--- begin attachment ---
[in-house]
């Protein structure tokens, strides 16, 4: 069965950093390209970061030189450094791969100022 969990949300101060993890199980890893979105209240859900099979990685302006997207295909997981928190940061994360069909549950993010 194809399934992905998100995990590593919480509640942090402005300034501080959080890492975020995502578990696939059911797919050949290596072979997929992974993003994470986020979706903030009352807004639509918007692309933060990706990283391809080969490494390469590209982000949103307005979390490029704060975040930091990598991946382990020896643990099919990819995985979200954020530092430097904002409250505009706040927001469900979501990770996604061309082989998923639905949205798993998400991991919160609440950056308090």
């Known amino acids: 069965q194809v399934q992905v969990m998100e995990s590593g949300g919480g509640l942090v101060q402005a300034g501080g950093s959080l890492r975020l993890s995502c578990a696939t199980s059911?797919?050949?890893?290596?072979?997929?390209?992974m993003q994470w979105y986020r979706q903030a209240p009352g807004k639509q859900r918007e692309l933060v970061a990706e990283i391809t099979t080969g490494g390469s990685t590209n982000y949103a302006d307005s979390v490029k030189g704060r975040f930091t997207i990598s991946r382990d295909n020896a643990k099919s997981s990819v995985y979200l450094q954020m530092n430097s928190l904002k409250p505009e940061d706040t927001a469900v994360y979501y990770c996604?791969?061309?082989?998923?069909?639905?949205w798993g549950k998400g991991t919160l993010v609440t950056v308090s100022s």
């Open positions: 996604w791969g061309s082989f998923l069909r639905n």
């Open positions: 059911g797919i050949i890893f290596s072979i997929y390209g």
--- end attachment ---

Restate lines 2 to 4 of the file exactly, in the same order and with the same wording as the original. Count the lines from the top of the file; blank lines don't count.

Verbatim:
């Protein structure tokens, strides 16, 4: 069965950093390209970061030189450094791969100022 969990949300101060993890199980890893979105209240859900099979990685302006997207295909997981928190940061994360069909549950993010 194809399934992905998100995990590593919480509640942090402005300034501080959080890492975020995502578990696939059911797919050949290596072979997929992974993003994470986020979706903030009352807004639509918007692309933060990706990283391809080969490494390469590209982000949103307005979390490029704060975040930091990598991946382990020896643990099919990819995985979200954020530092430097904002409250505009706040927001469900979501990770996604061309082989998923639905949205798993998400991991919160609440950056308090």
């Known amino acids: 069965q194809v399934q992905v969990m998100e995990s590593g949300g919480g509640l942090v101060q402005a300034g501080g950093s959080l890492r975020l993890s995502c578990a696939t199980s059911?797919?050949?890893?290596?072979?997929?390209?992974m993003q994470w979105y986020r979706q903030a209240p009352g807004k639509q859900r918007e692309l933060v970061a990706e990283i391809t099979t080969g490494g390469s990685t590209n982000y949103a302006d307005s979390v490029k030189g704060r975040f930091t997207i990598s991946r382990d295909n020896a643990k099919s997981s990819v995985y979200l450094q954020m530092n430097s928190l904002k409250p505009e940061d706040t927001a469900v994360y979501y990770c996604?791969?061309?082989?998923?069909?639905?949205w798993g549950k998400g991991t919160l993010v609440t950056v308090s100022s």
């Open positions: 996604w791969g061309s082989f998923l069909r639905n």